Hearts of romaine hold up well to the grill and develop a smoky wilt that balances out sweet grilled fruits and a tangy homemade balsamic dressing. This grilled romaine salad makes an excellent side dish that will become the star of any backyard barbecue.
To make it a main dish, grill your favorite chicken, steak, salmon or shrimp to top it with. Feel free to play around with the toppings to fit your diet or preferences. If you don’t have access to a grill, you can “grill” the lettuce, stone fruit and peppers on a hot cast iron grill pan on your stovetop.
Here’s how to make it.
Kabobs typically have a warm-spiced Middle-eastern or a sweet Hawaiian flair. We’re changing it up and marinating our chicken kabobs in your favorite Italian flavors, like garlic, basil, lemon, and an herby marinade. You’re going to love this spin on the traditional meat-and-veggie-on-a-stick experience.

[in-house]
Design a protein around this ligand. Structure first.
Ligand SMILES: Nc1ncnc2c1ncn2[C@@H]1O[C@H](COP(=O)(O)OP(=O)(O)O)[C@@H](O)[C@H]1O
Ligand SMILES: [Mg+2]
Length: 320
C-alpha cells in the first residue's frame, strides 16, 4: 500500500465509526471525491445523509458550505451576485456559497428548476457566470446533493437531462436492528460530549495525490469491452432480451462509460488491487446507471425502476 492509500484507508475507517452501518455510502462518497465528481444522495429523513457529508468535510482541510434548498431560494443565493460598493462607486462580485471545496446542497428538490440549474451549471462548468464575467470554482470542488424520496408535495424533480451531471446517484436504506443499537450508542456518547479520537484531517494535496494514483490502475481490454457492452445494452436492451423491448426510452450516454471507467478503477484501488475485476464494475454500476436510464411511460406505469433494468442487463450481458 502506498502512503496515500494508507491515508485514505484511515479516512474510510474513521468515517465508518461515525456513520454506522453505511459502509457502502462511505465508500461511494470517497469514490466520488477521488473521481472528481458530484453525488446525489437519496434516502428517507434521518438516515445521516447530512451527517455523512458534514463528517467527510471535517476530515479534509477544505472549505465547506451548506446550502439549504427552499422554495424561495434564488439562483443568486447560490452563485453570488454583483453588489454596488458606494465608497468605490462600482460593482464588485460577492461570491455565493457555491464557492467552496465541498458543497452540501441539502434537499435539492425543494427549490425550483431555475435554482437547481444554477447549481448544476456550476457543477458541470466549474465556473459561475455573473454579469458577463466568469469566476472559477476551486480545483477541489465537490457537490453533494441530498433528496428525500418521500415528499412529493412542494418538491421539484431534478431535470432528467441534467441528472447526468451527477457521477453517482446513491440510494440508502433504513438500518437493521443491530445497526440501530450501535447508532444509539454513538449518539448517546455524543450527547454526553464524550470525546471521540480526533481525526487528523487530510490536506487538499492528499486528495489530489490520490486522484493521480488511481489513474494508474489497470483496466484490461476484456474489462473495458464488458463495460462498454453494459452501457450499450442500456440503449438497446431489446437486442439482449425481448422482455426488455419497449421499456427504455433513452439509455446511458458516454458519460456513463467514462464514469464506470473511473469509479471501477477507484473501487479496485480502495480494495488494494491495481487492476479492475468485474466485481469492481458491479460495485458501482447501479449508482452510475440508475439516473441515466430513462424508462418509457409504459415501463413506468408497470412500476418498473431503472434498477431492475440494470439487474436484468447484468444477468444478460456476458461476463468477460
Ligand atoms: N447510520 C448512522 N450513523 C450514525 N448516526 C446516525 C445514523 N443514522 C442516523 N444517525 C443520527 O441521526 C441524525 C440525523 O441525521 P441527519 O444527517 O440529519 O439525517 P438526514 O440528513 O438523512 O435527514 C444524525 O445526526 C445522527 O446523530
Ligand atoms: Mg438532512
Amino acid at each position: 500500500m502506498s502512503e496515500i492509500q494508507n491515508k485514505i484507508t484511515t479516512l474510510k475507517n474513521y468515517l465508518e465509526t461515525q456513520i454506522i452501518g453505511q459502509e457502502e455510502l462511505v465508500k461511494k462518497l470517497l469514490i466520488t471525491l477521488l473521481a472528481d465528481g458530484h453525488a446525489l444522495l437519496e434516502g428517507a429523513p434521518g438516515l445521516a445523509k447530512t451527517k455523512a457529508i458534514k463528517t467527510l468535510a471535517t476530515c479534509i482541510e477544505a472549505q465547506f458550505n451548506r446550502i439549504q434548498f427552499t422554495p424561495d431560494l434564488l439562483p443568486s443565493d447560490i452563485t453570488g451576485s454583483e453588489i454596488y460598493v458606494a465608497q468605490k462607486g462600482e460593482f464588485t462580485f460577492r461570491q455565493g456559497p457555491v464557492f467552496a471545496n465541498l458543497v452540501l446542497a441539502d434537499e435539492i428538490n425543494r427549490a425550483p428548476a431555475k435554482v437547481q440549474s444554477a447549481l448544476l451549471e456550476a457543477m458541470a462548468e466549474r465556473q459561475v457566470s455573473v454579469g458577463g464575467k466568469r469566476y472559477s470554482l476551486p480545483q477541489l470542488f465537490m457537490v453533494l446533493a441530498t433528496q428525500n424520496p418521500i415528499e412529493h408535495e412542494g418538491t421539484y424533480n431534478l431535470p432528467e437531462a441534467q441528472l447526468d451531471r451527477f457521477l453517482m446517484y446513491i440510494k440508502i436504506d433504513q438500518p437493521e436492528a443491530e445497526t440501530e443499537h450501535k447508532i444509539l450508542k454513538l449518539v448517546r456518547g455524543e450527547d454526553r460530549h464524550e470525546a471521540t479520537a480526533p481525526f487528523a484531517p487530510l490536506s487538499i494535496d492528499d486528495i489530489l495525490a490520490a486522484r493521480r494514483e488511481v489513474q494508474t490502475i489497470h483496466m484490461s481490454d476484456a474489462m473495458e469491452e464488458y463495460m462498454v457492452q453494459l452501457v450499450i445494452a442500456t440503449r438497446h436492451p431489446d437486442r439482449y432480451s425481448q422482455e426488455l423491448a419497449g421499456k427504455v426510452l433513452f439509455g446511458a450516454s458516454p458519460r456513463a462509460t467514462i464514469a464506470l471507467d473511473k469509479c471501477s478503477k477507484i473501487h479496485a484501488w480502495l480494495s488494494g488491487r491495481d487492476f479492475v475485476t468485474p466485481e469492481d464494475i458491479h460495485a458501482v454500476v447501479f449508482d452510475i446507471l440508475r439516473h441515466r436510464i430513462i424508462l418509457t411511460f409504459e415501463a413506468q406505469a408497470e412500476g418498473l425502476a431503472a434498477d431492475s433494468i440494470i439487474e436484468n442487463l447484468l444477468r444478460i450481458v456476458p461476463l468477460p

Getting together for backyard barbecues again? These Italian chicken and basil kabobs make a showstopping entreé that will wow the entire patio with its jewel-toned vegetables and its flavorful marinade.
We could talk about grilled chicken kabobs all day, but we’d rather make them (and eat them!). Here’s how to do it.